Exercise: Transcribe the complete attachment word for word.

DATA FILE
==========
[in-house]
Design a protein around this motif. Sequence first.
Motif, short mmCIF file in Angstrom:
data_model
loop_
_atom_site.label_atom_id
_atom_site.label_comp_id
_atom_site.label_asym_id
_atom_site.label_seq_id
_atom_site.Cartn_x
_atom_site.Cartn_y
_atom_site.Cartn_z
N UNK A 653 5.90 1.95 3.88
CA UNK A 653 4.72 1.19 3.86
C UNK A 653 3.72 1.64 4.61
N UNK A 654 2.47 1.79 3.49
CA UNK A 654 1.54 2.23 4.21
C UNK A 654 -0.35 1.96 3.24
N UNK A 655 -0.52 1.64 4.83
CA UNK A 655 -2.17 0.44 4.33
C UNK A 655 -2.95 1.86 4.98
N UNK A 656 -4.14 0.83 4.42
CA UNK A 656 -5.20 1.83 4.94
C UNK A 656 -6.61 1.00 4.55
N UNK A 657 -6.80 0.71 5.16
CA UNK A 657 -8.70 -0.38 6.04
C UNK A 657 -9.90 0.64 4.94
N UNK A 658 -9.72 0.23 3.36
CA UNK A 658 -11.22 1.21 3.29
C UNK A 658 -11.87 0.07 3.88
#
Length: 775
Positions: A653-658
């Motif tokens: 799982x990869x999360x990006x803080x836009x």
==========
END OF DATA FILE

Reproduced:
[in-house]
Design a protein around this motif. Sequence first.
Motif, short mmCIF file in Angstrom:
data_model
loop_
_atom_site.label_atom_id
_atom_site.label_comp_id
_atom_site.label_asym_id
_atom_site.label_seq_id
_atom_site.Cartn_x
_atom_site.Cartn_y
_atom_site.Cartn_z
N UNK A 653 5.90 1.95 3.88
CA UNK A 653 4.72 1.19 3.86
C UNK A 653 3.72 1.64 4.61
N UNK A 654 2.47 1.79 3.49
CA UNK A 654 1.54 2.23 4.21
C UNK A 654 -0.35 1.96 3.24
N UNK A 655 -0.52 1.64 4.83
CA UNK A 655 -2.17 0.44 4.33
C UNK A 655 -2.95 1.86 4.98
N UNK A 656 -4.14 0.83 4.42
CA UNK A 656 -5.20 1.83 4.94
C UNK A 656 -6.61 1.00 4.55
N UNK A 657 -6.80 0.71 5.16
CA UNK A 657 -8.70 -0.38 6.04
C UNK A 657 -9.90 0.64 4.94
N UNK A 658 -9.72 0.23 3.36
CA UNK A 658 -11.22 1.21 3.29
C UNK A 658 -11.87 0.07 3.88
#
Length: 775
Positions: A653-658
């Motif tokens: 799982x990869x999360x990006x803080x836009x």